In this case I get to be the anti-Kimmer (sorry, sweets):

I *LOVE* my state, in all its wacky glory. I wouldn't live anywhere else (and I've lived in a large number of other states and enjoyed them all).  :love:  :love:
Well, you and Mac may duke it out this Saturday. He's a native CA boy and he wants out of this state. We are aware the grass is greener until ... but our goal and desire has always been to live on the coast, and we simply cannot afford to do so in CA. It's a matter of economics for us.

Of course, the longer this state is mis-managed, the likelier it is that we won't be able to afford to move as the value of our home will go down.

Since I'm not a native, the only ties this state holds for me is Mac. :)


kimmer

PS: I am developing a great sense of disenfranchisement in regards to voting, period.

#49 Drew

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Posted 16 September 2003 - 01:32 PM

Here's a secret that the Professional Editors' Union (PE-U) knows that the common man does not. There is a usage limit on every word. Whenever a word is used in print, the odometer next to that word on the Big Board (located in a secret bunker in Kankakee) adds up another tick. In the days following the November 2000 Presidential election, the odometer next to "Disenfranchisement" was spinning like a Douglas Fir at a log-rolling contest.

Each word has an agreed-upon limit (set forth in the bylaws to the original PE-U charter).  When a word reaches its limit, it is removed from circulation for a period of time. During that time, a shadowy cabal of ancient scribes (about whom it is rumored that they are immortal) perform the arcane Rites of Assignation upon the word, setting its usage rules for the next cycle.

"Disenfranchisement" has been requiring some very complex rituals due to its misuse, and the scribes have informed me that it'll be quite some time before it's allowed back in general circulation.

This is all very hush-hush, you realize.  :ninja:
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#50 Rov Judicata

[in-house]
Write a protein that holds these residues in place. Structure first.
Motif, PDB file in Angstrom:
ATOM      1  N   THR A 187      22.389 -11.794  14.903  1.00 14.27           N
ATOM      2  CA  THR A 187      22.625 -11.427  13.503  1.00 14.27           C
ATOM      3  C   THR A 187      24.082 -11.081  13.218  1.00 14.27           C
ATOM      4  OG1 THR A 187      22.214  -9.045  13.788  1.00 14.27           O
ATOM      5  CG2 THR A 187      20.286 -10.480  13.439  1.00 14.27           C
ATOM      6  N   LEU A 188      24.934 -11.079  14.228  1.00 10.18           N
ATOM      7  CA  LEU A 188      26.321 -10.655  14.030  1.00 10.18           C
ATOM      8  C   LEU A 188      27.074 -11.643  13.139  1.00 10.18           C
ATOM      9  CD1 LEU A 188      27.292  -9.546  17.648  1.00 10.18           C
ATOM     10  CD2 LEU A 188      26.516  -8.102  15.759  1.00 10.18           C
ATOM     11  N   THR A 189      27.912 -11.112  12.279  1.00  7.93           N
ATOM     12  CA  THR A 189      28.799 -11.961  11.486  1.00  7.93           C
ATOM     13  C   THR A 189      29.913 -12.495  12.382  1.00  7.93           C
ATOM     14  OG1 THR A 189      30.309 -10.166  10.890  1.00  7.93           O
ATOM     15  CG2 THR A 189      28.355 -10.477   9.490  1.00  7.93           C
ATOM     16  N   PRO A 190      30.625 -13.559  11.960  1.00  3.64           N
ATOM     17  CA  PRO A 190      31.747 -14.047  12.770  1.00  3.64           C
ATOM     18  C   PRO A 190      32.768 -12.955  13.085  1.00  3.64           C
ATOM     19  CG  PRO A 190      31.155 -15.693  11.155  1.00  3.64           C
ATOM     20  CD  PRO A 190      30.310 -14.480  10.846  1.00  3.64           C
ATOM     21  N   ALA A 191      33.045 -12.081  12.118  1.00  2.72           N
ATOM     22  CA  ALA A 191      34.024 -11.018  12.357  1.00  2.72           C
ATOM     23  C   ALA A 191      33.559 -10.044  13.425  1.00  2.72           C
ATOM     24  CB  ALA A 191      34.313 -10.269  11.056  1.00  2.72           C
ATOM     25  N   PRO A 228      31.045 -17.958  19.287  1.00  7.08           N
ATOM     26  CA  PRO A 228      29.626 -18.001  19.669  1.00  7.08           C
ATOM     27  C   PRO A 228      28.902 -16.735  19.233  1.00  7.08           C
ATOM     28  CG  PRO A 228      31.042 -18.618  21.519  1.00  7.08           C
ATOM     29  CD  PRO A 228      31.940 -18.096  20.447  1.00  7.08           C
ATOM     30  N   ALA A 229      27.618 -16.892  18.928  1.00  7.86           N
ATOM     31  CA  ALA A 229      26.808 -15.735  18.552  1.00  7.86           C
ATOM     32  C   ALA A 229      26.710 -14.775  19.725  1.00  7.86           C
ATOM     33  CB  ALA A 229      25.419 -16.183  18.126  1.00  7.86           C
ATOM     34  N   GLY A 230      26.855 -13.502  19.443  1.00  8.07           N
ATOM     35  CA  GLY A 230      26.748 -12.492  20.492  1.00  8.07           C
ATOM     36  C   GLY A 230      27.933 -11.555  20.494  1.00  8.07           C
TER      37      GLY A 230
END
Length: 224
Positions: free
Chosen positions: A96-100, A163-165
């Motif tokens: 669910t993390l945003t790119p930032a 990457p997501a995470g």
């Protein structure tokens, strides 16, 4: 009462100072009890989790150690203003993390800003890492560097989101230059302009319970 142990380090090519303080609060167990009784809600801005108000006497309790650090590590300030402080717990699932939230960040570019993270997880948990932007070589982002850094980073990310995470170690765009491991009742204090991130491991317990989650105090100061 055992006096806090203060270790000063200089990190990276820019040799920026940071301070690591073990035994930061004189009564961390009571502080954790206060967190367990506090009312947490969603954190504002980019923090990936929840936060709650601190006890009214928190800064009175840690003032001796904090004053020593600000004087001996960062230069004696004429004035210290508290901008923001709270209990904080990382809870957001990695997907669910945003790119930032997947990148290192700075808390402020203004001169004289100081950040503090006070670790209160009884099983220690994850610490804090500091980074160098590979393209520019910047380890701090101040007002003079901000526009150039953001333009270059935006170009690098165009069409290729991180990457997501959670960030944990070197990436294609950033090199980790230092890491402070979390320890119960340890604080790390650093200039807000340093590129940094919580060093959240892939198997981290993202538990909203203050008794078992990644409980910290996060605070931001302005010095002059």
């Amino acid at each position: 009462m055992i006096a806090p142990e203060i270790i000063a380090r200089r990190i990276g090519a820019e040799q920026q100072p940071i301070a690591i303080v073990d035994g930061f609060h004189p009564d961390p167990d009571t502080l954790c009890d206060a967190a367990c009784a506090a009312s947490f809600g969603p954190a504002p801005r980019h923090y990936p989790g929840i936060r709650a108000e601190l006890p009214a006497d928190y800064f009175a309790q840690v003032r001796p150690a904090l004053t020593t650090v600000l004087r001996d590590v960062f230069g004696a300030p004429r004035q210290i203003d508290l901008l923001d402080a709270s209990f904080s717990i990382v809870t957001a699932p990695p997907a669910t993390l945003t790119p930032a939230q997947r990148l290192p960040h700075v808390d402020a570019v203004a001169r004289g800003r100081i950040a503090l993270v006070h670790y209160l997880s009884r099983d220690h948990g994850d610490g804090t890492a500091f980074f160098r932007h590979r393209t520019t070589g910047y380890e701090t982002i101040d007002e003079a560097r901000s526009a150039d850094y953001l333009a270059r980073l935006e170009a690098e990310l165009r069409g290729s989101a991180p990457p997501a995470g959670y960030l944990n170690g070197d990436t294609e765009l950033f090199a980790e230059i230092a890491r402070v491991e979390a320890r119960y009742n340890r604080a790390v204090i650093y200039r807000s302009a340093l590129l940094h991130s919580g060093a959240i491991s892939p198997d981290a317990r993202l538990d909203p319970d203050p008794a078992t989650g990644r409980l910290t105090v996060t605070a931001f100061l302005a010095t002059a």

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Posted 16 September 2003 - 02:07 PM

ROFL John and Drew

Edited by Javert Rovinski, 16 September 2003 - 02:11 PM.

St. Louis must be destroyed!

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~~ Josh, winning the argument.

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#51 jon3831

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Posted 16 September 2003 - 04:28 PM

Update:

http://www.washingto...anguage=printer

Quote

A clerk at the 9th Circuit said the judges had voted to hold an en banc hearing of 11 judges to reconsider the case and had asked for lawyers to file briefs on the issue.

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#52 Banapis

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Posted 16 September 2003 - 05:18 PM

jon3831, on Sep 16 2003, 05:20 PM, said:

That makes more sense than what San Bernardino County is going to...

Looking at our new sample ballots, I'm not convinced that we're not looking at another Florida in a few years because of the arrows. Remember the butterfly ballot and the arrows that no one could follow?

http://www.ss.ca.gov...quoiaoptech.htm
That would be the only system I've ever voted on. ;)  It's childlike in its simplicity.  And a manual inspection of the ballot by a recount official in a close election will easily reveal for whom the vote was cast – no “divination” of chads necessary.

You connect the arrow that points directly at your choice by filling in the missing middle section of the arrow.  You know exactly who you voted for because you can see the arrow you just created.

Then you either feed your ballot directly into the processing machine or ask a poll worker to assist you.  If the machine encounters an error in reading the ballot it spits the ballot back out.  If the ballot is fine it proceeds to the locked secured compartment.

According to Step 3 of your own link, San Bernardino is using the “OpTechEagle.” This machine features:

Quote

AUTOMATIC VOTER ASSISTANCE
Ballots which have been over voted, mismarked or mutilated are automatically returned to the voter for review. The message tape instantly tells the voter why the ballot was returned. The voter then has an opportunity to correct their ballot. No one loses their vote for any reason.

http://sequoiavote.com/bEAGLE.php

The OpTech 400c central tabulating machine used in the Sequoia Vote initiative is “Designed to specifications for less than one misread per million ballots.”  

http://sequoiavote.com/bOPTECH400C.php

Less than ONE misread per million ballots.  Tell me again why anyone in this day and age should have to settle for the circa 1964 Votomatic?

Quote

Remember the butterfly ballot and the arrows that no one could follow?

I don't see how this compares with the infamous FL butterfly ballot... because what you just linked to is not a “butterfly ballot.”  It's a single column where the arrows to your selection all point the same way.

Here's a link to the butterfly ballot simulation at the Sun- Sentinel:

http://www.sun-senti...news/ballot.htm

As you can see, the arrows pointed both ways, always toward the center.  Thus, the “butterfly” ballot creates a 2x6 matrix instead of a single column.  This furthered the ballot designer's goal of getting all 10 candidates arranged along the same votomatic centerstrip.